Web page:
Sunday, November 16, 2014

What are Vestry Records?

St. Peter's Church near Talleysville, Virginia, organized in 1703
As early as 1623 the parish unit in Virginia administered religious affairs in the community when an Act of Assembly declared that a public granary should be erected in every parish to secure the people against the pangs of a general famine.  The country was laid off into shires in 1634, then each shire was divided into parishes and also into precincts or boroughs for the constables.  This was serious business as boundaries were defined and lines surveyed.  Because the boundaries were so large and church attendance required, a system of dividing all of the large parishes was later carried out.  Initially there were but three parishes, viz: Upper Norfolk County, (later Upper Chippoak to support Jamestown), the parish of Marstan in New Kent County and Lancaster County (divided into two parishes).  Sometimes a parish which had once been fully organized sank (for a time) or permanently out of practical existence.  There were several reasons for this, such as the soil proving incapable of further production on a scale sufficient to support a goodly number of the people,  the unheathy local swamp land or a parish situated on the irregular line of frontier.  The last reason became obvious when Indian Wars torched homes and took scalps.  In 1661, there were about fifty parishes. Significant to the genealogist and historian is the vestry books belonging to each parish which detailed land boundaries, names of adjoining tracts dates and expenses.  Beginning with the site of the parish house and following the description of the various boundaries (as they were established), one can arrive at a reasonable projection of the location of his ancestor's lands.  Remember, they were measuring a wildness country!  The old land measurements were different from today, such as chains, creeks, rivers and even slashes on trees,  However, as the colonists acquired and dispose of land, the legal descriptions changed somewhat and the tax digest (with names of adjoining water boundaries and the names of neighbors, may serve to provide additional definitions.  Next, if you use the deed books to trace the ownership of land from its original owner forward, a more complete picture can be drawn.  Therefore, the use of the vestry books, tax and deed records as well as a good local map is indicated.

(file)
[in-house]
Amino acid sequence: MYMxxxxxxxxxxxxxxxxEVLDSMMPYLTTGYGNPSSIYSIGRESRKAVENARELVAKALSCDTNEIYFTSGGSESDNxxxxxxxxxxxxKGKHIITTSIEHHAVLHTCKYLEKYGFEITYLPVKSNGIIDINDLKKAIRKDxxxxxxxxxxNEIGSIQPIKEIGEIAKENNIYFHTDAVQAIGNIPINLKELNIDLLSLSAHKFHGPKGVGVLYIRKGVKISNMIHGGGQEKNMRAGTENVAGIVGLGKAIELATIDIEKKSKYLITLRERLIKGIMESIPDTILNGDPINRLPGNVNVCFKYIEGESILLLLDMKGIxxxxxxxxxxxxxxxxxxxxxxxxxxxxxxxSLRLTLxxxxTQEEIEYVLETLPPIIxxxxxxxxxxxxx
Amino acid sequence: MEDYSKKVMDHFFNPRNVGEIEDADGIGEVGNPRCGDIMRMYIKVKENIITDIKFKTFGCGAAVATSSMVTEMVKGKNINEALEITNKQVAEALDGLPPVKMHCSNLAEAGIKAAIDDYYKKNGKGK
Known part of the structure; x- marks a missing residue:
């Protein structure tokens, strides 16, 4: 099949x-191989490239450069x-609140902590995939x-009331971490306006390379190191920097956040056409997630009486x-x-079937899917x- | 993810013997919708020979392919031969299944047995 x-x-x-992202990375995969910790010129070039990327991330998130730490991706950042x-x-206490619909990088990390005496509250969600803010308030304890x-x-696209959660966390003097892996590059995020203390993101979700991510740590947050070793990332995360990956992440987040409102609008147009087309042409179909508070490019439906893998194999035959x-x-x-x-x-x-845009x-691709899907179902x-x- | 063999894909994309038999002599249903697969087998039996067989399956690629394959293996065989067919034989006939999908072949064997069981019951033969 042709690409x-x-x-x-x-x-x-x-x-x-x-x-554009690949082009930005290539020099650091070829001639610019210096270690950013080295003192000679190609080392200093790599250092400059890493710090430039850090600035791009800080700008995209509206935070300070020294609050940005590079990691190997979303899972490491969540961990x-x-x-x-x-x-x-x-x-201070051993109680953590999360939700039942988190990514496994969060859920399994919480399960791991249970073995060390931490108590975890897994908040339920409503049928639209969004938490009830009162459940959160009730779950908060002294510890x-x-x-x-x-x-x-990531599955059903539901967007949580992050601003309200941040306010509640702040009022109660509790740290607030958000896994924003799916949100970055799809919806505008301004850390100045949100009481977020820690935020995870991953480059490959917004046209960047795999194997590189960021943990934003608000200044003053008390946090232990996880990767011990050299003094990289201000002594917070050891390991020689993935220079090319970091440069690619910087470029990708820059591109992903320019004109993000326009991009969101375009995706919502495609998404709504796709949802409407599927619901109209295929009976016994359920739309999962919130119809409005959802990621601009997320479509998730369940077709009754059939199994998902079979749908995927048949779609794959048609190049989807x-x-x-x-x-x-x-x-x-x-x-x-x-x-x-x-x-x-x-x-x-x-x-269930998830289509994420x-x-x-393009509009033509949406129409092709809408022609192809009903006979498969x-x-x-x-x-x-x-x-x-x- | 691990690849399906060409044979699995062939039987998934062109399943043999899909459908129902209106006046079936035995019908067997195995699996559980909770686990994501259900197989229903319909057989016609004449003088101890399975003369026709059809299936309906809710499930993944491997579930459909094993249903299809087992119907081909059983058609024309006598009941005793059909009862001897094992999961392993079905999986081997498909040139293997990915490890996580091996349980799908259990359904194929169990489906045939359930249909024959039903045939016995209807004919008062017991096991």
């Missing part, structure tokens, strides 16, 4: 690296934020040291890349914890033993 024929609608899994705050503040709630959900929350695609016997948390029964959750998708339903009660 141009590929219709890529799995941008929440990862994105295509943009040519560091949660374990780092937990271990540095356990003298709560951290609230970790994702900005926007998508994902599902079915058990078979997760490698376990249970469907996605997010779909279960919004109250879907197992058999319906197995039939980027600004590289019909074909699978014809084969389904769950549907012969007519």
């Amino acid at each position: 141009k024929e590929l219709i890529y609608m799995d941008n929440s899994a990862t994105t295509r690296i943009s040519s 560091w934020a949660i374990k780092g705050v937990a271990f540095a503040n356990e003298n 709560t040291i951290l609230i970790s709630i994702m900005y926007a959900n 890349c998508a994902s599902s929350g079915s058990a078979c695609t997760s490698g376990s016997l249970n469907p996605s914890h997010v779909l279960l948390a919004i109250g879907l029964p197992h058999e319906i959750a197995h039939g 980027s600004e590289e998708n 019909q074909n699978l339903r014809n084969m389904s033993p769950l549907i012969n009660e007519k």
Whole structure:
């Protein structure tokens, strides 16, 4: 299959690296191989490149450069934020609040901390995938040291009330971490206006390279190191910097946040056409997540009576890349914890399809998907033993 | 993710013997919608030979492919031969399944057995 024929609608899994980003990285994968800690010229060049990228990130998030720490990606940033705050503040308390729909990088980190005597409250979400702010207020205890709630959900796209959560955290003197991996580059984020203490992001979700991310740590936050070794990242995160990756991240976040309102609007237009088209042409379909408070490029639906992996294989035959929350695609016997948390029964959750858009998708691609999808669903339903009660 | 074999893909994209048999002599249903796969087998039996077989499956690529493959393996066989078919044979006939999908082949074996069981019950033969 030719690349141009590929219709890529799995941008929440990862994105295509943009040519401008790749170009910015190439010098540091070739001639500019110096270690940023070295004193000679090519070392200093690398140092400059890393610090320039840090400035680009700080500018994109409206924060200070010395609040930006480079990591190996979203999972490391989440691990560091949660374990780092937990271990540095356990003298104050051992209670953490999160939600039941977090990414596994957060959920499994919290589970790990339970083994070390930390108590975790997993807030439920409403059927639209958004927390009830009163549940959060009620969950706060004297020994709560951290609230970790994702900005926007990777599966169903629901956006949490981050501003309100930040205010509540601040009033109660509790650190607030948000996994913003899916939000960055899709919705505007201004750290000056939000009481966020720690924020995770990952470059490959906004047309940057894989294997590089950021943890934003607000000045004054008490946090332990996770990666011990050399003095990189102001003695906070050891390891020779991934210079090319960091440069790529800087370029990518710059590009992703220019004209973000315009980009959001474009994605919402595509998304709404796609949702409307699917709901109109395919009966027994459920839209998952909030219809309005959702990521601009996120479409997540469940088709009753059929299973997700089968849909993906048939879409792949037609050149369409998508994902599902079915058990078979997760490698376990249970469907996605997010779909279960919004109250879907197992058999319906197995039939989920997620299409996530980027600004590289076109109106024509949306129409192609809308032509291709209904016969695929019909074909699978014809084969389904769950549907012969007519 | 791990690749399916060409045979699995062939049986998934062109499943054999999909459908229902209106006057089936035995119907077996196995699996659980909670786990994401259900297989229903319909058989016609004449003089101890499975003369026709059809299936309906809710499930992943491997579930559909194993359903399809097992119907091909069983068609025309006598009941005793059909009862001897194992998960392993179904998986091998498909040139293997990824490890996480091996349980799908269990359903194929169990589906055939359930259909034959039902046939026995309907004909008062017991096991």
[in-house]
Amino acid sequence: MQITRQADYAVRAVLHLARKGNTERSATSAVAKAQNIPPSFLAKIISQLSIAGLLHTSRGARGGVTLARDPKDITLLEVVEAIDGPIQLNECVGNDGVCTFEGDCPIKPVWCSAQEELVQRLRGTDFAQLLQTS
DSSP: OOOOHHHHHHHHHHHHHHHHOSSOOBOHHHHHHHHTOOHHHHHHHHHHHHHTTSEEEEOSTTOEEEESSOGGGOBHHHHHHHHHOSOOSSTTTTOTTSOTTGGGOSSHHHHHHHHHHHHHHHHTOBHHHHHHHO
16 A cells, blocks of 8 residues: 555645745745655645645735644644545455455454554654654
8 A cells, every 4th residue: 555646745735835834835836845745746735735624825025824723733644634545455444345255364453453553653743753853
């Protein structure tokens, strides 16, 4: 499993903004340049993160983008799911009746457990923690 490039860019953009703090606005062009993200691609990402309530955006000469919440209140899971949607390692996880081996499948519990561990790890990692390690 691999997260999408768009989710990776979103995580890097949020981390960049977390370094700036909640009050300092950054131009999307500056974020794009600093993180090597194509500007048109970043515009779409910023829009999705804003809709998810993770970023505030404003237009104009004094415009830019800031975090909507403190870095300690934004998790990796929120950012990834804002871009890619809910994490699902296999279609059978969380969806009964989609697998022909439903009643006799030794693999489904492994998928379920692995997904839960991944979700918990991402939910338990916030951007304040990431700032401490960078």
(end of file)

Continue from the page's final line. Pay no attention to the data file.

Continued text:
Therefore, we see again that the settlement of the colony was all about agriculture and land.

Sources: Hening's Statutes, vol i., p. 128; Virginia's Cure, p. 4.

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